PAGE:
A clergyman many years ago was travelling by coach. He sat by the coachman’s side upon the box. The coachman was one of those unhappy men who fancy nothing is to be done without swearing. He was cursing, swearing, blaspheming, taking God’s name in vain, for many a long mile together. On he drove, now flying into a passion, now beating his horses, now cursing and swearing again. Such were the coachman’s ways. At last the clergy man said to him quietly, “Coachman, I am exceedingly afraid about you”. “Sir”, said the coachman, “what should you be afraid of? All is going on right, we are not likely to be upset”. “Coachman”, said the clergy man again, “I am exceedingly afraid about you; because I cannot think what you would do in heaven, if you got there. There will be no cursing in heaven; there will be no swearing in heaven; there will be no passion in heaven; there will be no horses to beat in heaven”. “Coachman”, said the minister once more, “I cannot think what you would do in heaven”. “Oh”, said the coachman, “that is your opinion!”, and no more was said. Years passed away. A day came when a person told this same clergyman that a sick man desired to see him. He was a stranger. He had come into the parish, he said, because he wanted to die there. The clergyman went to see him. He entered a room and found a dying man, whose face he did not know. “Sir”, said the dying man, “you do not remember me?”. “No”, said the clergyman, “I do not”. “Sir”, said the man, “I remember you. I am that coachman to whom, many years ago, you said, ‘Coachman, I am afraid about you, because I do not know what you would do if you got to heaven’. Sir, those words laid hold upon me. I saw I was not fit to die. Those words worked, and worked, and worked in my heart, and I never rested till I had repented of sin, and fled to Christ, and found peace in Him, and became a new man. And now”, said he, “by the grace of God I trust I am prepared to meet my Maker, and am meet for the inheritance of the saints in light”.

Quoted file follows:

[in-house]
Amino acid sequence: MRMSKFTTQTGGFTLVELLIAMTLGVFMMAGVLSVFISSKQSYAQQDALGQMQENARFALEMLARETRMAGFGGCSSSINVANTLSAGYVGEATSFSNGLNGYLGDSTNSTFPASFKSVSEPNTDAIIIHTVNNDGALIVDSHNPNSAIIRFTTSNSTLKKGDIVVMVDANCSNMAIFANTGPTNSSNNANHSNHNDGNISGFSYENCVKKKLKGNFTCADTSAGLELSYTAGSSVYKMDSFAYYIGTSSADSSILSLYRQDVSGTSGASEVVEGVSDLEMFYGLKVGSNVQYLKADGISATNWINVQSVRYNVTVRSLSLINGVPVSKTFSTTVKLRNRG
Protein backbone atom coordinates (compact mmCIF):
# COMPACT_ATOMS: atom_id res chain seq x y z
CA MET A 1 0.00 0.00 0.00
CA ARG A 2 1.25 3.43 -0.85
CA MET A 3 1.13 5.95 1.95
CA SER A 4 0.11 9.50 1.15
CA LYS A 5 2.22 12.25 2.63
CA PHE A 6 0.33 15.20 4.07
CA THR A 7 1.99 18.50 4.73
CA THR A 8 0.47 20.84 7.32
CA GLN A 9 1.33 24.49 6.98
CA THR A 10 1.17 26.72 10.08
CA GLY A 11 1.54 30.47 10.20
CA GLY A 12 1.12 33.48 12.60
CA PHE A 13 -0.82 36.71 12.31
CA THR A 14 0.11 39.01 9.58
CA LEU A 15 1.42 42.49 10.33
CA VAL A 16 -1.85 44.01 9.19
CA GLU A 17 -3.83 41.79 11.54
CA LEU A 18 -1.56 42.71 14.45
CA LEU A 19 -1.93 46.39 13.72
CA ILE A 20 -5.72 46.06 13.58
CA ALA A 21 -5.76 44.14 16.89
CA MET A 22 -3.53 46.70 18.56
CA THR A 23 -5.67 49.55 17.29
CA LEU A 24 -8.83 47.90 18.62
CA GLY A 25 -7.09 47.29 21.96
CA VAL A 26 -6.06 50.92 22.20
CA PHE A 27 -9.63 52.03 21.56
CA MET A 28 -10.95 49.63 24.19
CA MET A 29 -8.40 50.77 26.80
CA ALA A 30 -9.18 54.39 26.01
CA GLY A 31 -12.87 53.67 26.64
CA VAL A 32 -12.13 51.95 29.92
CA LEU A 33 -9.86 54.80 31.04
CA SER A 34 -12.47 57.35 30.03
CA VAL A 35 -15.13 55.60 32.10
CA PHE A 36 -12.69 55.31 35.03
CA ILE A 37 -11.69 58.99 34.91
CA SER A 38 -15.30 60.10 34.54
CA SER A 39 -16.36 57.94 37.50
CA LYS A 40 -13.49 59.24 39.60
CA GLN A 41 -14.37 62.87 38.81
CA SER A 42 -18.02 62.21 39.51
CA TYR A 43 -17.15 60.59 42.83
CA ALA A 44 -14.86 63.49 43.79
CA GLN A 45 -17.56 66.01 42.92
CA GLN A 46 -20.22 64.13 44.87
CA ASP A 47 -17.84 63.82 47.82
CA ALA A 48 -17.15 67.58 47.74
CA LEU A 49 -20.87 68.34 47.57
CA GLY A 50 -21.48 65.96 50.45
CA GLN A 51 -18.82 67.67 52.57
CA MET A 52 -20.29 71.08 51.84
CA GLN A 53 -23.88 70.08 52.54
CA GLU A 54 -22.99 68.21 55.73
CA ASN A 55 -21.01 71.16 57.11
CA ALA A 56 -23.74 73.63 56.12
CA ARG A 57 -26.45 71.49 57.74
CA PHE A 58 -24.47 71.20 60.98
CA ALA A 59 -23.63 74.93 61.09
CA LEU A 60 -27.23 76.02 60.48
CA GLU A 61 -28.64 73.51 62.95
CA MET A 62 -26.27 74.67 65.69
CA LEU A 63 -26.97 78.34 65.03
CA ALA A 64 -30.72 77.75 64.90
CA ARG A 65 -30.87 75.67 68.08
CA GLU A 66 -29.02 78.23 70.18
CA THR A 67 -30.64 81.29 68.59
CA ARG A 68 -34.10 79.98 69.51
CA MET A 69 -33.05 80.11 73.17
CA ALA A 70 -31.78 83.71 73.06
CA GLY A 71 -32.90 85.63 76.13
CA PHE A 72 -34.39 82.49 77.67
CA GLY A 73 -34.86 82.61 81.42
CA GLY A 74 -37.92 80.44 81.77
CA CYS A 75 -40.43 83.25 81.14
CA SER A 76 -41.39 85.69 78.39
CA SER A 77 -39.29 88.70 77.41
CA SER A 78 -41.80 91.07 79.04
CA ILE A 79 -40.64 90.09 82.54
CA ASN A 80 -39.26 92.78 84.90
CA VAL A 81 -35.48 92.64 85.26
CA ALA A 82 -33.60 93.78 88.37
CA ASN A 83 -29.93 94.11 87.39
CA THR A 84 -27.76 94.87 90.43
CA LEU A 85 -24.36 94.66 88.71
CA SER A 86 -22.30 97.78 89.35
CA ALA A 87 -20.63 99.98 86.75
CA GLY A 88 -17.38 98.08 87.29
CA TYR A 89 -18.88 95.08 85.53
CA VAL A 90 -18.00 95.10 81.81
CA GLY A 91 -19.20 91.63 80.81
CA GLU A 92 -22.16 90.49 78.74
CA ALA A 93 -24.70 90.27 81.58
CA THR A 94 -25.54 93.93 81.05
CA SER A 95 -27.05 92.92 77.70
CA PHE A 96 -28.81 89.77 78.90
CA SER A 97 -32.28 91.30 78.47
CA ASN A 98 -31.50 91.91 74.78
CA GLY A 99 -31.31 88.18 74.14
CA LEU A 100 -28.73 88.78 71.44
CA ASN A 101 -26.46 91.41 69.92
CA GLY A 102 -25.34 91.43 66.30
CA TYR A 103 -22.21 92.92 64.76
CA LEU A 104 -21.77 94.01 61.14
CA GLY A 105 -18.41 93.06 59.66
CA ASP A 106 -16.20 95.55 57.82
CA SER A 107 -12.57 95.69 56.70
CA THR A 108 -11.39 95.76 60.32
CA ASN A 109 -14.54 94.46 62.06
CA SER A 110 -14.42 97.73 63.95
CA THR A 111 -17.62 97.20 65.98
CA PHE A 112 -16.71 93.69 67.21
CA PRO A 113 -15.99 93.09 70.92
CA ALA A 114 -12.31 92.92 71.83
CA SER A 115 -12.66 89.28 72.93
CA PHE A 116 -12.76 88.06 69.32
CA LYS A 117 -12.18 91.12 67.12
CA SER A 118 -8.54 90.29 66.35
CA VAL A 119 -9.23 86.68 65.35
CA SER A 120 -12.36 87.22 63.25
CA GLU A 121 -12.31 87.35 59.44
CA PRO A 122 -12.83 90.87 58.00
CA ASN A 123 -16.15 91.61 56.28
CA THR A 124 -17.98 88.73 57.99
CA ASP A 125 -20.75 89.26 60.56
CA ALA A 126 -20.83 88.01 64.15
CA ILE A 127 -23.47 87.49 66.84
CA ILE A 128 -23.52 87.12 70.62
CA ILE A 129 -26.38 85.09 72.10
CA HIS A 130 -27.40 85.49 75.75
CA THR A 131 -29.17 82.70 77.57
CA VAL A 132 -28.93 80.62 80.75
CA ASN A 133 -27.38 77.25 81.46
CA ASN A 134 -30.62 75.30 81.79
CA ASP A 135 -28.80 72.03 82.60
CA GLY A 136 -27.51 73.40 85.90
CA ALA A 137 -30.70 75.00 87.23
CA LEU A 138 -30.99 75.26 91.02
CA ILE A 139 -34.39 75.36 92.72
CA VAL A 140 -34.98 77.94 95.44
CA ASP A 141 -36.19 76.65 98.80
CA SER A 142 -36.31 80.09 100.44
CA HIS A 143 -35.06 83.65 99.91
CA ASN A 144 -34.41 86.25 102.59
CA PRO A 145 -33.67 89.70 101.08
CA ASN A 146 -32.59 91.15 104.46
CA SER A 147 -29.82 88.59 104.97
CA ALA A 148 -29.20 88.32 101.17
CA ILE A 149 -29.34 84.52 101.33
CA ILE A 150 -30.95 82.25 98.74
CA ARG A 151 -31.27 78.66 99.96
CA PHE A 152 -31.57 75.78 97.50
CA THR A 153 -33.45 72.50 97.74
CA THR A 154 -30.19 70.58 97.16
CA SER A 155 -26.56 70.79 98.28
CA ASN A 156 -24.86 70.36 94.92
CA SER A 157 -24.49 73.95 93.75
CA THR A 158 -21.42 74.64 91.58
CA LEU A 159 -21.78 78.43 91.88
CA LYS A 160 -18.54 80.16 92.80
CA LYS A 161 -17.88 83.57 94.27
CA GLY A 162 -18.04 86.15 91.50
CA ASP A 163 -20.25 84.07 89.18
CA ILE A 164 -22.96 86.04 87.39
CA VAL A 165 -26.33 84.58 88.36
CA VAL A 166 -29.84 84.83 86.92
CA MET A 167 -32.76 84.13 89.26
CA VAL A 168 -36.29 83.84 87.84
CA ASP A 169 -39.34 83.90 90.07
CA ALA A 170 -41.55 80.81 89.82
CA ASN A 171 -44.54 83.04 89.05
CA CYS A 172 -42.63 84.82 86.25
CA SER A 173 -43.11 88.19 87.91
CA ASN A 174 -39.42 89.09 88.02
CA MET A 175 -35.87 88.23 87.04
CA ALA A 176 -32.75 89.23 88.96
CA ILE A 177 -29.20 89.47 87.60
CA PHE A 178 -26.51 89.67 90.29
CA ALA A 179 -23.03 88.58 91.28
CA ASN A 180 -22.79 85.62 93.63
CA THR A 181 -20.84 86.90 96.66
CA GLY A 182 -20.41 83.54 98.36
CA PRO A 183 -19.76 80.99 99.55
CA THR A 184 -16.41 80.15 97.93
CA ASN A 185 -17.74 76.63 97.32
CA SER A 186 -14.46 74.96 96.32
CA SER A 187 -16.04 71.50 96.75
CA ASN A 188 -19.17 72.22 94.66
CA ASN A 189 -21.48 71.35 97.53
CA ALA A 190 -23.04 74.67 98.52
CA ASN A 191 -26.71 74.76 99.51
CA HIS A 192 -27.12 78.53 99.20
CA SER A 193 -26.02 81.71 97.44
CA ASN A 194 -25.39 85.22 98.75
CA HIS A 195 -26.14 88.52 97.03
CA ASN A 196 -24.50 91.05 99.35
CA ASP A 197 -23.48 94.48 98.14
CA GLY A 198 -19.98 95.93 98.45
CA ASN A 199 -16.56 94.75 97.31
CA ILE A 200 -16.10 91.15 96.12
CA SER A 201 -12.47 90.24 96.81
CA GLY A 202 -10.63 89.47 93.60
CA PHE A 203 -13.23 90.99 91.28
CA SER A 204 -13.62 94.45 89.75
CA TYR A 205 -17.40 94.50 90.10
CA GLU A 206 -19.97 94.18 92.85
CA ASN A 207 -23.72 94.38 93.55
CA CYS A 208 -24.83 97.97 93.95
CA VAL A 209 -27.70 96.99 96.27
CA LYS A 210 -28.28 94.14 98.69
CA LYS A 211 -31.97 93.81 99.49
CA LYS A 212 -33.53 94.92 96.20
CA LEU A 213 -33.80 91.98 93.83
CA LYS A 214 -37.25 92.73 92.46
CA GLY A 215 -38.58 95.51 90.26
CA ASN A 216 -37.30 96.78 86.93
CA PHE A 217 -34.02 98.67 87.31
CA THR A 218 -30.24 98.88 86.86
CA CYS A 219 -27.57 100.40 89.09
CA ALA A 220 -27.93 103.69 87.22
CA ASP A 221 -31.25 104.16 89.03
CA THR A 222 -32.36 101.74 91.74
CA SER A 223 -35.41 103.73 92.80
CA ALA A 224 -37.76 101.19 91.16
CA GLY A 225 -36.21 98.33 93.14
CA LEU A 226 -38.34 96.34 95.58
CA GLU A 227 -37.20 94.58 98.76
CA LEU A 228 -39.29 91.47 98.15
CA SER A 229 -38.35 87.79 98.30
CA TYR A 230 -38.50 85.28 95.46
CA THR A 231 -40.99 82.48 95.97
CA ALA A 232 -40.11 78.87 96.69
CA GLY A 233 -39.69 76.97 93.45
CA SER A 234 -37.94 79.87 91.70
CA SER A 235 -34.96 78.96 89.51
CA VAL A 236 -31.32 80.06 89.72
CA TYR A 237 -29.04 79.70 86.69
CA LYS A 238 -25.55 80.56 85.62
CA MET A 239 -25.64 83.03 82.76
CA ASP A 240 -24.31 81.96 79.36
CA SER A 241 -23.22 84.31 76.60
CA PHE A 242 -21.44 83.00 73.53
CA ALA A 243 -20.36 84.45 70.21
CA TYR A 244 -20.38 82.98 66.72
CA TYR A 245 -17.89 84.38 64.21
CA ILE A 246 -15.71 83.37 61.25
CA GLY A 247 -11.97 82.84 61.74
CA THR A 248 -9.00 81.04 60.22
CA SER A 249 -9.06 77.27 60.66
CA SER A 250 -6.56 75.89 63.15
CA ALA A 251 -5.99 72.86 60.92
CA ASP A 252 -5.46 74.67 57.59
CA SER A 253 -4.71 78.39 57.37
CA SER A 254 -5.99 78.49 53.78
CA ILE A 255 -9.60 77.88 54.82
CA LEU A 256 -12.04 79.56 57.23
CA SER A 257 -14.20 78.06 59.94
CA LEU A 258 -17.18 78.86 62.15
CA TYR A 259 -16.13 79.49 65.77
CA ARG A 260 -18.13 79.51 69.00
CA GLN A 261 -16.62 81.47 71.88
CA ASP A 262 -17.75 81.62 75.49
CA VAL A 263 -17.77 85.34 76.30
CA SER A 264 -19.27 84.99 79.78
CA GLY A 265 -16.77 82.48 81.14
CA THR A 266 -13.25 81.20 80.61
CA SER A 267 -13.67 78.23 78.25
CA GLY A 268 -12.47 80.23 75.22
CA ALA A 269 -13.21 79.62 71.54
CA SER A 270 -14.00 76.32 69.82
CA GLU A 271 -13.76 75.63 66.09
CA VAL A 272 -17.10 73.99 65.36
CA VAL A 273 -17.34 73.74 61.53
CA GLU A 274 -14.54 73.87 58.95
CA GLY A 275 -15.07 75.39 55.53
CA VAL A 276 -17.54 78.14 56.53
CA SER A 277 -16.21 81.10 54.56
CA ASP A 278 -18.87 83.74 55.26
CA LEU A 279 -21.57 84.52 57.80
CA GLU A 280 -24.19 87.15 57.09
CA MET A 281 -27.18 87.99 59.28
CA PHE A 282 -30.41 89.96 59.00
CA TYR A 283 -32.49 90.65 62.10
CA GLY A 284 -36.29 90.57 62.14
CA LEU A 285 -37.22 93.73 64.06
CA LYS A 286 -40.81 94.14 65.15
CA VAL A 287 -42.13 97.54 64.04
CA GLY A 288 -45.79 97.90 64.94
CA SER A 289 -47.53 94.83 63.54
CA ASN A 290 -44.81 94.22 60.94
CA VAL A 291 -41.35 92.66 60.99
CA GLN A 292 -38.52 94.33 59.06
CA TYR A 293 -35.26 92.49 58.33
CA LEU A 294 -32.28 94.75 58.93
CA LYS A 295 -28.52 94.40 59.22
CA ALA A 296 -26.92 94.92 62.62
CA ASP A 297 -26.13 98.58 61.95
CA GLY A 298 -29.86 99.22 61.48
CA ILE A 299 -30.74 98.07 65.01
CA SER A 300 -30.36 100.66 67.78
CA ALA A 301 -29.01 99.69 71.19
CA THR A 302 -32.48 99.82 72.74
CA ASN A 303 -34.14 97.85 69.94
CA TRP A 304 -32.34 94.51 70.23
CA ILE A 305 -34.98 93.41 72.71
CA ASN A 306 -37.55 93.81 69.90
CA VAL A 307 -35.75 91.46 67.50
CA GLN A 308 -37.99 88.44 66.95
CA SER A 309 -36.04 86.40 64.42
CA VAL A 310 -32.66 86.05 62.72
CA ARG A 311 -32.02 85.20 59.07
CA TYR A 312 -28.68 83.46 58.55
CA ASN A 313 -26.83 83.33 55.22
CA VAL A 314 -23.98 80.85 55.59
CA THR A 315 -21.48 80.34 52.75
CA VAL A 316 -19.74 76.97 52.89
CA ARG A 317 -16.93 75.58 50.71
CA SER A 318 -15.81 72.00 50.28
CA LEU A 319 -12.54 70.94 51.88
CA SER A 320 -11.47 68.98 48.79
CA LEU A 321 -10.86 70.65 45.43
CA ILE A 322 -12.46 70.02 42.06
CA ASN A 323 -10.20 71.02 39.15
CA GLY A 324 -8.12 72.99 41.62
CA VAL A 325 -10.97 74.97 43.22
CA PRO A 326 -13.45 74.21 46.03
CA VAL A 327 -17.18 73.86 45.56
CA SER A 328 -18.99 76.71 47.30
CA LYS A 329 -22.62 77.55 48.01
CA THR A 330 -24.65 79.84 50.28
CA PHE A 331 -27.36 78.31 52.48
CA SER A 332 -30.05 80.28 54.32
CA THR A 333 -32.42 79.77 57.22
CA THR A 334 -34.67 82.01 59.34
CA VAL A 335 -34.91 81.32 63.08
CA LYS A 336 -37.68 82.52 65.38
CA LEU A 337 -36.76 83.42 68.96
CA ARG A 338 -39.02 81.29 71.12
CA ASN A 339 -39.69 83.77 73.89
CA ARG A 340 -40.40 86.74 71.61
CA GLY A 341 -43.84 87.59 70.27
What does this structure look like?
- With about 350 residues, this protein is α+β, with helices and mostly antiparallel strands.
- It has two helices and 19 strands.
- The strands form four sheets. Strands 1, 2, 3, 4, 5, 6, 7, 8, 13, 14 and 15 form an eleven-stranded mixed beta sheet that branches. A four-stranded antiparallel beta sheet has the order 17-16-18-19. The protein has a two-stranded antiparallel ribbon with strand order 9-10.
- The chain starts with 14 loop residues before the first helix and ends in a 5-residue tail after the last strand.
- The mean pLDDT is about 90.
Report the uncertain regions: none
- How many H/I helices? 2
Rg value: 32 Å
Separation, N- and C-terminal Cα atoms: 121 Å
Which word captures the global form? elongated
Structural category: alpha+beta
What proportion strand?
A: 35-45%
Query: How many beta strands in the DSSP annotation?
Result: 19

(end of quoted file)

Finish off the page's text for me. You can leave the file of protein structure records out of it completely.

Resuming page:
(Source : J C Ryle, Old Paths)
I have recently been preaching on the two judges of Israel - Tola and Jair. And I have been struck that God often works in ordinary ways and unexpected ways. The conversion between the clergyman and the coachman was ordinary. But the result was unexpected. It is a powerful reminder to trust God in all things even when it seems that which we are fervently praying for is not happening. God often works in ways that we cannot see! But he is working!